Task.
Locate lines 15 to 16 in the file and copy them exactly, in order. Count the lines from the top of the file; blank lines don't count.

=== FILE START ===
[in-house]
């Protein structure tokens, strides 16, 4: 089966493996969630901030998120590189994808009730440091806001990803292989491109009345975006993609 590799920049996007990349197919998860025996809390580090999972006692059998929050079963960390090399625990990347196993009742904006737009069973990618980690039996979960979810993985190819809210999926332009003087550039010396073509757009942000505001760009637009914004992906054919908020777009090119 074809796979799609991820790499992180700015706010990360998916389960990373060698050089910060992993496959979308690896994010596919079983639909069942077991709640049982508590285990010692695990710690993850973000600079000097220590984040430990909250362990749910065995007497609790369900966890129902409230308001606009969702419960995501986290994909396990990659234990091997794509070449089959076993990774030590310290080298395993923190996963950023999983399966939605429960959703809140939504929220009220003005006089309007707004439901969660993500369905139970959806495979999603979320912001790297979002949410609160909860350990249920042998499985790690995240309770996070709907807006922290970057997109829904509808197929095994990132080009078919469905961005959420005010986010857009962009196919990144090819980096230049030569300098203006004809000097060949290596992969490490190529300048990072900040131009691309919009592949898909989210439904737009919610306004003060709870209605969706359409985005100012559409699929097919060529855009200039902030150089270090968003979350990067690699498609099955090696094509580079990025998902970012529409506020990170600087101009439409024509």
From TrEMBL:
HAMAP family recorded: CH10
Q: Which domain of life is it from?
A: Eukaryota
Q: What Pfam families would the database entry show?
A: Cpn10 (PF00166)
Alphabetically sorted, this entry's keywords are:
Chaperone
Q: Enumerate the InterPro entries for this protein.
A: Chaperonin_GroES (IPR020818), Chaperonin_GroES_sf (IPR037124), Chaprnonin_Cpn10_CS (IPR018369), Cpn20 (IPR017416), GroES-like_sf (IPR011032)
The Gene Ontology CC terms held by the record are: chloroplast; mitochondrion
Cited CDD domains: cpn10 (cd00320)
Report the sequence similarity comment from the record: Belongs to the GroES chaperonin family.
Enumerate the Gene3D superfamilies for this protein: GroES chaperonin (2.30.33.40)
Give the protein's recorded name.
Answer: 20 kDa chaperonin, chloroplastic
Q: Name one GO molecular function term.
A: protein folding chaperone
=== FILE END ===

Report the sequence similarity comment from the record: Belongs to the GroES chaperonin family.
Enumerate the Gene3D superfamilies for this protein: GroES chaperonin (2.30.33.40)